*The contents in this blog relates to legislation in Western Australia.

If you commence employment in a prescribed noisy workplace your employer must submit you to an initial audiometric test as soon as practicable or within 12 months of commencing employment.

However, there are many instances where the required initial audiometric test or also known as a baseline hearing assessment, is not completed when commencing in a prescribed noisy workplace. This can cause difficulties when determining a workers degree of hearing loss due to workplace noise exposure.

If you are a worker who has not undergone a hearing assessment upon commencing employment in a noisy workplace however, have recorded a 10% loss of hearing or more you may be able to further investigate a noise induced hearing loss claim through a late baseline assessment.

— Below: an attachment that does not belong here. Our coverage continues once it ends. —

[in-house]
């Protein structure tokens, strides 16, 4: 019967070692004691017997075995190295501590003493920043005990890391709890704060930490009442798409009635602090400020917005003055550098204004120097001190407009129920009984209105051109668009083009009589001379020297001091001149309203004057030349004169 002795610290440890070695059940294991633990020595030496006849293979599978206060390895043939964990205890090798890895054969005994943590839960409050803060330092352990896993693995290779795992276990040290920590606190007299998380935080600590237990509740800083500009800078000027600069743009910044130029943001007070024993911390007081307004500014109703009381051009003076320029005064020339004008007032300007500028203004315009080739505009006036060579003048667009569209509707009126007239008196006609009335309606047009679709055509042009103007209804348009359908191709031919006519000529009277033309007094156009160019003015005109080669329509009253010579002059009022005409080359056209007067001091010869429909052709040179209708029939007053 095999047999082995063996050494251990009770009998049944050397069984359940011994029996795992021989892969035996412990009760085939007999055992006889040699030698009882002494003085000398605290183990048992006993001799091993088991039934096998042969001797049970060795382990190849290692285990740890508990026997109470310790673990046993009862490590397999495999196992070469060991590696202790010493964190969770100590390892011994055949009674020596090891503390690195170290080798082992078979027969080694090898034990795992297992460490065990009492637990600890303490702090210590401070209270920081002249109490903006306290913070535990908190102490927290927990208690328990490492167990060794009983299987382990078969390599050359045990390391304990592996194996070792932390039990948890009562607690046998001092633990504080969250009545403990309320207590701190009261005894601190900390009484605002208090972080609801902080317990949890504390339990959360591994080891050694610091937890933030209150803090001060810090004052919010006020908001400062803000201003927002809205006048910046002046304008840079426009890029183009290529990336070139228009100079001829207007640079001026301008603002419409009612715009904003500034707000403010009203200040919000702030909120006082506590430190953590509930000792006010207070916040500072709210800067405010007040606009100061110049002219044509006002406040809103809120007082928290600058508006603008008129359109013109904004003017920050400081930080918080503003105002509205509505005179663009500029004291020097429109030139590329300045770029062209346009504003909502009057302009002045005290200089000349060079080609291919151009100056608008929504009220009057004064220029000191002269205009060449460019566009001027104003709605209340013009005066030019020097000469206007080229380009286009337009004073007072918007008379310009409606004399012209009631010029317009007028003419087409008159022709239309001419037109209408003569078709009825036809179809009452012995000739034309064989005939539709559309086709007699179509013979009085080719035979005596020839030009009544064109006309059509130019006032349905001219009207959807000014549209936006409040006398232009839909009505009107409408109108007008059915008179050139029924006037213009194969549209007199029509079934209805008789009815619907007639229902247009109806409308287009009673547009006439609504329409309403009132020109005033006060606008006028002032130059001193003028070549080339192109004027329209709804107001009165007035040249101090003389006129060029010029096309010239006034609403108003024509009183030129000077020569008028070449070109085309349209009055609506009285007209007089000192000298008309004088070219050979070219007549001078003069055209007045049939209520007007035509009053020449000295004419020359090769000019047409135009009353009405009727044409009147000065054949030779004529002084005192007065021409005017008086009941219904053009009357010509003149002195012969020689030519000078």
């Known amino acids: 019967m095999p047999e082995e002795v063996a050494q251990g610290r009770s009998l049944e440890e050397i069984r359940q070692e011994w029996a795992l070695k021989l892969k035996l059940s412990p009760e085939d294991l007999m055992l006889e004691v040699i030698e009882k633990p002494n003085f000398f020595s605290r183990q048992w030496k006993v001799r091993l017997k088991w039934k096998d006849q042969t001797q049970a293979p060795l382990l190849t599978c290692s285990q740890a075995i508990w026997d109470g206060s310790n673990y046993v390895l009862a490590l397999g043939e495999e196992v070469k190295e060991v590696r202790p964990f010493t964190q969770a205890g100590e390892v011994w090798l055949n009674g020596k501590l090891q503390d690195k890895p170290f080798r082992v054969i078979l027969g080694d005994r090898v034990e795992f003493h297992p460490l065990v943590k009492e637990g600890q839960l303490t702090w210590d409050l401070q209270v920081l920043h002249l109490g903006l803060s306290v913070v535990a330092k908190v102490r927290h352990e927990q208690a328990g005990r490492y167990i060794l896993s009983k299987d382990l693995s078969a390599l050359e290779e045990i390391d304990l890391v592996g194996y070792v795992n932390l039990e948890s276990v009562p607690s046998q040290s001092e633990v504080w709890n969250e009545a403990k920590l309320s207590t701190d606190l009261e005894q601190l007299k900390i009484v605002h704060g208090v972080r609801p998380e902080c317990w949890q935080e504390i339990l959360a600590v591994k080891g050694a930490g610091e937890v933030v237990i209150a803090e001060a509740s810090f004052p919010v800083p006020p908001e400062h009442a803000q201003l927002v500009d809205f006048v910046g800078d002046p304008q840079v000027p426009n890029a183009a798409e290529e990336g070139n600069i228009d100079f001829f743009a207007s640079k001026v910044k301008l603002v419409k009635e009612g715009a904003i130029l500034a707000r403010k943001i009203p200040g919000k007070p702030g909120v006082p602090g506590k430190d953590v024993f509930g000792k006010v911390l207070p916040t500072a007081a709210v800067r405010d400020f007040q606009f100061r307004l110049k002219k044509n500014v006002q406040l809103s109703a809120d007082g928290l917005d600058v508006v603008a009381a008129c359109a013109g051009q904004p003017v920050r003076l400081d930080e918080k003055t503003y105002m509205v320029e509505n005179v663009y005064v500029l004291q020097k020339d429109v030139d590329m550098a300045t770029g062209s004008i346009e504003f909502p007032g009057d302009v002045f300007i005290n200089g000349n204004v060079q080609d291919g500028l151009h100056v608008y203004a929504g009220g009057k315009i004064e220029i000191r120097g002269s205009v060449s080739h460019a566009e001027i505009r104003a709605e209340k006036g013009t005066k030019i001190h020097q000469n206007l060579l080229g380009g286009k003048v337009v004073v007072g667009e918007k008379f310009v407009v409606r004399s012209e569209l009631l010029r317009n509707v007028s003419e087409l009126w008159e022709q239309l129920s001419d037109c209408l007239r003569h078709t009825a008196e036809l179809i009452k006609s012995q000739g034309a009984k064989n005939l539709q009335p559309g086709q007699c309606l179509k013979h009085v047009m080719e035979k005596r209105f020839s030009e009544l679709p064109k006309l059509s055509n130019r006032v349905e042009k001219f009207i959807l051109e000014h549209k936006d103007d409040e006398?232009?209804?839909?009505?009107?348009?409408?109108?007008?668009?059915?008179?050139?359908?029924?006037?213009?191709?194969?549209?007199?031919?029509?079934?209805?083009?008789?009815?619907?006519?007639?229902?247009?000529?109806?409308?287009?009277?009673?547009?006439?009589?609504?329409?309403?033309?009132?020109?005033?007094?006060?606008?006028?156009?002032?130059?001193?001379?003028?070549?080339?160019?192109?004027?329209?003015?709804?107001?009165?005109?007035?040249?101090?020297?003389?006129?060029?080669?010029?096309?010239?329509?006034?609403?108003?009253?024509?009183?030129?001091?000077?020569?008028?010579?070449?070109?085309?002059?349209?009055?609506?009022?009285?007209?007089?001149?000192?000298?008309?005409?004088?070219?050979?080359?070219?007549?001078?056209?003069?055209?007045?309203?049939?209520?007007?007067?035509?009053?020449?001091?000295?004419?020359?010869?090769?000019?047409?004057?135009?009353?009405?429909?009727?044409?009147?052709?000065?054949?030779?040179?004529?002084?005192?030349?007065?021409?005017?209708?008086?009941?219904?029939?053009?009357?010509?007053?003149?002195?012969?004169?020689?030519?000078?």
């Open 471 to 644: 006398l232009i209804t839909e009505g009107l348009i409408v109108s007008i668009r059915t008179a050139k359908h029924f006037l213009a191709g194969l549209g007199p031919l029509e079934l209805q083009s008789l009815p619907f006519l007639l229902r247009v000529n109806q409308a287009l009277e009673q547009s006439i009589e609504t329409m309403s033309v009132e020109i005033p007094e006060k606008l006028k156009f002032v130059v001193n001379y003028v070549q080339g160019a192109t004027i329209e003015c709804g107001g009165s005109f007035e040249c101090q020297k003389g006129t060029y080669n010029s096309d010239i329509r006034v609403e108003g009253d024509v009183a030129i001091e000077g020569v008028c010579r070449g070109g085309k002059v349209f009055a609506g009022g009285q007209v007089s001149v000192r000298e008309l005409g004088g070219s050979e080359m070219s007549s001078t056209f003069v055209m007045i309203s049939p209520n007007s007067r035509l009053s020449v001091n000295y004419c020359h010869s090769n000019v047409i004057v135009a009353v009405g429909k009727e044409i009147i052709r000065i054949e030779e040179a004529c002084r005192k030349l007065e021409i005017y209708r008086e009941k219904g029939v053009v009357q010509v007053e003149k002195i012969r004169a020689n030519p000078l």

A late baseline assessment recognises workers who after undergoing their first hearing assessment record a loss of 10% or more yet have worked in a noisy workplace prior to the assessment.

When following a late baseline claim a worker is required to undergo a subsequent full audiological hearing assessment and if still recording 10% loss or more after this assessment, a review with an Ear Nose and Throat specialist. The purpose of an Ear Nose and Throat review is to determine a workers percentage of hearing loss due to noise exposure in the workplace and exclude any other possible causes, for example age related loss or infection. An Ear Nose and Throat specialist will consider a workers full employment history within a noisy work environment when calculating the percentage loss of hearing.

It is important that a worker undergoes the required audiometric testing when commencing employment in a prescribed noise workplace to ensure their workers’ compensation entitlements are not compromised.

If you believe you work in a noisy workplace contact Turner Freeman Lawyers for an obligation free discussion. One of our solicitors will be able to assist you in determining if you should pursue investigations into a workers’ compensation claim for noise induced hearing loss.